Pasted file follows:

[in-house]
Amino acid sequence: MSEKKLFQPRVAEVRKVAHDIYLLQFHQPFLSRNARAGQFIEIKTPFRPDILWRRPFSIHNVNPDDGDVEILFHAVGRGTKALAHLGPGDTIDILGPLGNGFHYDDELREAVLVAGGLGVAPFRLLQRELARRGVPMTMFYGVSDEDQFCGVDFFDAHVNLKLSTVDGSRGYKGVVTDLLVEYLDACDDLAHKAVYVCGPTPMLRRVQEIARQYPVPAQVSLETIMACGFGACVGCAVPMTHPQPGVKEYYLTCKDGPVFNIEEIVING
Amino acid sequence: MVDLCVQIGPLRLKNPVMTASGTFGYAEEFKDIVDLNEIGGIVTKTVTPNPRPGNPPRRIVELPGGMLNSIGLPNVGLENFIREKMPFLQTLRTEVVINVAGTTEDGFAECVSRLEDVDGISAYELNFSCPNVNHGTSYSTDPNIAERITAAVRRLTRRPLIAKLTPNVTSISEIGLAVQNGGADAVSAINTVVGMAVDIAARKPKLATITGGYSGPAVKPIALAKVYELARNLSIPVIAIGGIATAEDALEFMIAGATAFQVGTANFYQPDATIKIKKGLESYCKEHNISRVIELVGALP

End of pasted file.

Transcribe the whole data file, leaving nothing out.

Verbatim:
[in-house]
Amino acid sequence: MSEKKLFQPRVAEVRKVAHDIYLLQFHQPFLSRNARAGQFIEIKTPFRPDILWRRPFSIHNVNPDDGDVEILFHAVGRGTKALAHLGPGDTIDILGPLGNGFHYDDELREAVLVAGGLGVAPFRLLQRELARRGVPMTMFYGVSDEDQFCGVDFFDAHVNLKLSTVDGSRGYKGVVTDLLVEYLDACDDLAHKAVYVCGPTPMLRRVQEIARQYPVPAQVSLETIMACGFGACVGCAVPMTHPQPGVKEYYLTCKDGPVFNIEEIVING
Amino acid sequence: MVDLCVQIGPLRLKNPVMTASGTFGYAEEFKDIVDLNEIGGIVTKTVTPNPRPGNPPRRIVELPGGMLNSIGLPNVGLENFIREKMPFLQTLRTEVVINVAGTTEDGFAECVSRLEDVDGISAYELNFSCPNVNHGTSYSTDPNIAERITAAVRRLTRRPLIAKLTPNVTSISEIGLAVQNGGADAVSAINTVVGMAVDIAARKPKLATITGGYSGPAVKPIALAKVYELARNLSIPVIAIGGIATAEDALEFMIAGATAFQVGTANFYQPDATIKIKKGLESYCKEHNISRVIELVGALP